The village of Klomino (located in northwestern Poland) is the only “official” ghost town in Poland. Originally known as Westfalenhof, it was a large garrison and training ground of the German Wehrmacht during World War II.
After the war the village (then renamed Grodek) was a base for the Red Army, and for many years it existed only on Russian military maps. Since the Red Army withdrew its forces from Poland in 1993, Klomino has sat empty and deserted.
In the 1930s Wehrmacht planners built a large military base and training ground in Klomino. According to the Polish edition of Newsweek, in 1939 some 60,000 military personnel resided in Westfalenhof’s barracks.
After the Polish September Campaign in the fall of 1939, the Germans opened a POW camp here.
In November of 1939 there were 6,000 Polish soldiers and 2,300 Polish civilians held in Klomino, arrested by the Wehrmacht during the invasion.
In June of 1940, the camp was named Oflag II D Gross-Born, and soon afterwards, French Army officers were brought to it in such numbers that in early 1941 there were 3,731 of them.
Later, the number of French prisoners decreased and they were replaced with Polish POWs brought from other camps.
Westfalenhof was captured by the advancing Red Army in January 1945, and after World War Two it remained in Soviet hands as a military base. Even though officially part of the People’s Republic of Poland, it was a de facto Soviet Union territory and Poles were not allowed to enter the town.
Renamed Grodek, the village was not shown on Polish maps. Around 6,000 Soviet soldiers lived in Grodek, and the parts of the former German base which were no longer needed were razed by the Red Army. The debris was sent to Warsaw to help rebuild the destroyed city.
The Russians left the area in 1993 after the collapse of the Soviet Union. The derelict village became one of hundreds of former military installations in countries of the former Eastern Bloc: Poland, the Czech Republic, Slovakia and Hungary.
Grodek was given a new, Polish name: Klomino. For a year the village was guarded by the Polish Army, then it was transferred to the civilian authorities.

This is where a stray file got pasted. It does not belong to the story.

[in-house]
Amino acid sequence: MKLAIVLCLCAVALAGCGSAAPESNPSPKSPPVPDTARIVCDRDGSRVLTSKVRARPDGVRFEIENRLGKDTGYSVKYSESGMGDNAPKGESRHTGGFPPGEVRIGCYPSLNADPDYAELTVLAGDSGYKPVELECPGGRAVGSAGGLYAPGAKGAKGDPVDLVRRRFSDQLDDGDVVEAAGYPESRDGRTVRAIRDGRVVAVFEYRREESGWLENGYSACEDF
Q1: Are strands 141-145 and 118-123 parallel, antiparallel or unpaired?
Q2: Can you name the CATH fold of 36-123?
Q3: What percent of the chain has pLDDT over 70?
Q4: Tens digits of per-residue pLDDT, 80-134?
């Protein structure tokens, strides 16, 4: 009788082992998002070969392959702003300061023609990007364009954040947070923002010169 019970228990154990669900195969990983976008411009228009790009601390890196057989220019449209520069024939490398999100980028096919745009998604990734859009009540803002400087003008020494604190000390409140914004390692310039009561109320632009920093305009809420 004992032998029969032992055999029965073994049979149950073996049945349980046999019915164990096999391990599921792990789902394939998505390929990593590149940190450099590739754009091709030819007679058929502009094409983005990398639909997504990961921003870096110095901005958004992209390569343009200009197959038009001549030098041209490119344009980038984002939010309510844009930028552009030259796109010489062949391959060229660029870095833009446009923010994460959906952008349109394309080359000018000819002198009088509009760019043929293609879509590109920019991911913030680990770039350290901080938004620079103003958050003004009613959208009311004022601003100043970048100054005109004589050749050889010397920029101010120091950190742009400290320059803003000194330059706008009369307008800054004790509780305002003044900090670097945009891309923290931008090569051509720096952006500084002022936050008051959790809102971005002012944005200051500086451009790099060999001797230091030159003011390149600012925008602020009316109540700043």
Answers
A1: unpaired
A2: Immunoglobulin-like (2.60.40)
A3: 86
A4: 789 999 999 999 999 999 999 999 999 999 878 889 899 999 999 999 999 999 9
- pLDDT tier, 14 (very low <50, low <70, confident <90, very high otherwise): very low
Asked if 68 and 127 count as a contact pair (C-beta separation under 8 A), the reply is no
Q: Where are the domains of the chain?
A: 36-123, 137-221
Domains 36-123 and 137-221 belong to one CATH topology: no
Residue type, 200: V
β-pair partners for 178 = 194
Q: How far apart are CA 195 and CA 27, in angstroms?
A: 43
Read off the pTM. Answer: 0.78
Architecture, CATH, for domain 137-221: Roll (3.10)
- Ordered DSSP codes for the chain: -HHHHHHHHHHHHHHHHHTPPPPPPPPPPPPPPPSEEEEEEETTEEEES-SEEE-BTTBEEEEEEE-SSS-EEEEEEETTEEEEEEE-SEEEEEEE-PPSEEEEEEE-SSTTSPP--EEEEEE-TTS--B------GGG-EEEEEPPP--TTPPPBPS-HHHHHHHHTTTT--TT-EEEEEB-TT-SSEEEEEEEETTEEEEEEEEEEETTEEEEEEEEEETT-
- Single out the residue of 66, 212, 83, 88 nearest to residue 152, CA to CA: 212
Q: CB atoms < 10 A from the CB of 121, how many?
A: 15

(Click thumbnails to enlarge)
Since the Russians withdrew, Polish officials have been trying to figure out what to do with the village. For a period of time it was listed on the market, priced at €2M euros. The propertyshowrooms.com webpage advertisement described Klomino:
“Complete ex-Soviet military village capacity for over 1,000 families, 82.78 ha of land with its own lake and barrack style buildings, 11 buildings in varying condition including a firing range and canteen. Nearest town 4 km. Offers invited around 2 million euros. Only partial information available as costs will vary depending on type of project proposed and subsequent EU subsidy availability.”
Unfortunately, nobody was willing to purchase the village and too few decided to settle there. With no development plans and lacking funds for the upkeep, local authorities abandoned Klomino.
The Nazi- and Soviet-era buildings sit vacant, and now the only sign that remains of the town’s past glory is the final wall of a collapsed movie theater adorned with colorful Soviet propaganda.
There were several suggestions what to do with Klomino. It was planned to be a recovery center for drug addicts, meeting points for Polish enthusiasts of Harley-Davidson motorcycles, or possibly a prison camp.
For a period of time the local government in nearby Borne-Sulinowo sent the families who did not pay their rent to Klomino, forcing them to live without basic conveniences until they could pay their rent. However after a short time, all were taken back
As of the date of this writing, there are five permanent residents of Klomino. There is no bus or rail connection with other towns and the nearest shop is 4 kilometres (2.5 mi) away. Anything that can be sold has been looted, including bricks, roof tiles, pipes and wooden beams.
listing on propertyshowrooms.com:
http://www.propertyshowrooms.com/poland … 42057.html (now sold….)
See overhead satellite imagery and map it! click here